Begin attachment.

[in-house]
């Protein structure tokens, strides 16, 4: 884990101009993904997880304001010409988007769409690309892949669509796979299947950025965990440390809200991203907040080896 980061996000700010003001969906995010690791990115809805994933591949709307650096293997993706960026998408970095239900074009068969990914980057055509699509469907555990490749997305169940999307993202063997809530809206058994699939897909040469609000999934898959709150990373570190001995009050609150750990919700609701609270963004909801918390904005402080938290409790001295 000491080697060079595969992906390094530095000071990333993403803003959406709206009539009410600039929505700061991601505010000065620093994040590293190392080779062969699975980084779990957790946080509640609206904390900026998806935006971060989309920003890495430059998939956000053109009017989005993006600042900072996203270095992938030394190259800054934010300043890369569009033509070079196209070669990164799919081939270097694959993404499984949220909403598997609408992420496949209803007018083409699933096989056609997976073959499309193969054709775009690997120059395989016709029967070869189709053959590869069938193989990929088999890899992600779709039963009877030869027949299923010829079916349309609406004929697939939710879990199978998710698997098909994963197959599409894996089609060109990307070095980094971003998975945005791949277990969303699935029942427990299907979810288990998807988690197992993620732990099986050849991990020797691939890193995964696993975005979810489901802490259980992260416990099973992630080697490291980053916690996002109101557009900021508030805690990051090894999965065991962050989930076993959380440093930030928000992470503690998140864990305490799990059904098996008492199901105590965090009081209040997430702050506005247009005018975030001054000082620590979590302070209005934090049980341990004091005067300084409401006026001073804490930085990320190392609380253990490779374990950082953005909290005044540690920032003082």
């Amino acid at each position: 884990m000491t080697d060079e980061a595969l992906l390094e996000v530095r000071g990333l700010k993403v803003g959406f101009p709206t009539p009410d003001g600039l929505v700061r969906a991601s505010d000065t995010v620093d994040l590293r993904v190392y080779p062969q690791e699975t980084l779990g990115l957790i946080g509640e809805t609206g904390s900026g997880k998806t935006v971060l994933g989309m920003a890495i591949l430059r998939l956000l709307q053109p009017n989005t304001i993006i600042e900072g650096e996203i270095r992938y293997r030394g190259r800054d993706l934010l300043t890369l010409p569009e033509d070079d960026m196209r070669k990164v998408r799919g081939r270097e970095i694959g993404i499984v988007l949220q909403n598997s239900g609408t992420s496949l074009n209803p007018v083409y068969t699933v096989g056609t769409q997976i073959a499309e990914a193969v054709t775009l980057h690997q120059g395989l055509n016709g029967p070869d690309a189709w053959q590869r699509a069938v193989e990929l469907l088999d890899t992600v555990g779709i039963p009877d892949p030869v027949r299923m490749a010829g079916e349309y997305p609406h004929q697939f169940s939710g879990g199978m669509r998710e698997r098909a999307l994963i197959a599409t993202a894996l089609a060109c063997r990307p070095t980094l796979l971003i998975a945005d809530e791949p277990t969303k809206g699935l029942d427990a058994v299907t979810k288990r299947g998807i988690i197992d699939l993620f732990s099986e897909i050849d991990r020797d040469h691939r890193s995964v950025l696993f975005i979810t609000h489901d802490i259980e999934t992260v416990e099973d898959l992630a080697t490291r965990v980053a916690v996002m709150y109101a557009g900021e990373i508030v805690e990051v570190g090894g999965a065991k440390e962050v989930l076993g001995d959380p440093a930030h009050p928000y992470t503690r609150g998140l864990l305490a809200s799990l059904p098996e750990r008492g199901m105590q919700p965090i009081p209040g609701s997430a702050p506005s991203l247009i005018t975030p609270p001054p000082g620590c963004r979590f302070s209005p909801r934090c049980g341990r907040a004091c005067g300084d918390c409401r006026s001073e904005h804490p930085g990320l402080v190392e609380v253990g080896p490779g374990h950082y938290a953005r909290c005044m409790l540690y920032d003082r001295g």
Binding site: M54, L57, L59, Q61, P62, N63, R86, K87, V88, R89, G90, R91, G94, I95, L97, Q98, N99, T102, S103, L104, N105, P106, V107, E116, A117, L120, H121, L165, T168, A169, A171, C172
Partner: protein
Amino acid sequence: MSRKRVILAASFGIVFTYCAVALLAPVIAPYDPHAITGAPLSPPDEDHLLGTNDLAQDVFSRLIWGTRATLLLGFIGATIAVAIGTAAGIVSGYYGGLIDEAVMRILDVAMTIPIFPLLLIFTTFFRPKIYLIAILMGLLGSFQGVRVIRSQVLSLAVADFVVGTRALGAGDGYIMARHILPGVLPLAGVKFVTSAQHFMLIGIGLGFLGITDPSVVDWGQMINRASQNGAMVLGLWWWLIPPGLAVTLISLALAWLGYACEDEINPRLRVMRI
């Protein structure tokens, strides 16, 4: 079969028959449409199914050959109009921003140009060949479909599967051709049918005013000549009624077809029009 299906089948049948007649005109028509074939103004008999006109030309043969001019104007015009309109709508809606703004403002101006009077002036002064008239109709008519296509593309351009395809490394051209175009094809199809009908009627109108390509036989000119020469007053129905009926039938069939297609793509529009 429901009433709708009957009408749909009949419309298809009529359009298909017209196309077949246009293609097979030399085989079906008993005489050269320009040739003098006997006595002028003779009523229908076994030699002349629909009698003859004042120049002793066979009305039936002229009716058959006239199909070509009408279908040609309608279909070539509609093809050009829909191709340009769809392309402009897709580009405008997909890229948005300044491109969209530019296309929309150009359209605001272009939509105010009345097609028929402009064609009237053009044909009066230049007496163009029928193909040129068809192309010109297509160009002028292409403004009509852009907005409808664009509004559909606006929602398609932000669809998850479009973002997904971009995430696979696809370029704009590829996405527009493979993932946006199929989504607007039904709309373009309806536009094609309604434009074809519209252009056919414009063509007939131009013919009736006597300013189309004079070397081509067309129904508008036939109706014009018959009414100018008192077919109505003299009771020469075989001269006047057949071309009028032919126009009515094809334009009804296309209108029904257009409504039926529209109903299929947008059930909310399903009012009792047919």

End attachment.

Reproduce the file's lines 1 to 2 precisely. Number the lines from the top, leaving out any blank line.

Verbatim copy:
[in-house]
């Protein structure tokens, strides 16, 4: 884990101009993904997880304001010409988007769409690309892949669509796979299947950025965990440390809200991203907040080896 980061996000700010003001969906995010690791990115809805994933591949709307650096293997993706960026998408970095239900074009068969990914980057055509699509469907555990490749997305169940999307993202063997809530809206058994699939897909040469609000999934898959709150990373570190001995009050609150750990919700609701609270963004909801918390904005402080938290409790001295 000491080697060079595969992906390094530095000071990333993403803003959406709206009539009410600039929505700061991601505010000065620093994040590293190392080779062969699975980084779990957790946080509640609206904390900026998806935006971060989309920003890495430059998939956000053109009017989005993006600042900072996203270095992938030394190259800054934010300043890369569009033509070079196209070669990164799919081939270097694959993404499984949220909403598997609408992420496949209803007018083409699933096989056609997976073959499309193969054709775009690997120059395989016709029967070869189709053959590869069938193989990929088999890899992600779709039963009877030869027949299923010829079916349309609406004929697939939710879990199978998710698997098909994963197959599409894996089609060109990307070095980094971003998975945005791949277990969303699935029942427990299907979810288990998807988690197992993620732990099986050849991990020797691939890193995964696993975005979810489901802490259980992260416990099973992630080697490291980053916690996002109101557009900021508030805690990051090894999965065991962050989930076993959380440093930030928000992470503690998140864990305490799990059904098996008492199901105590965090009081209040997430702050506005247009005018975030001054000082620590979590302070209005934090049980341990004091005067300084409401006026001073804490930085990320190392609380253990490779374990950082953005909290005044540690920032003082």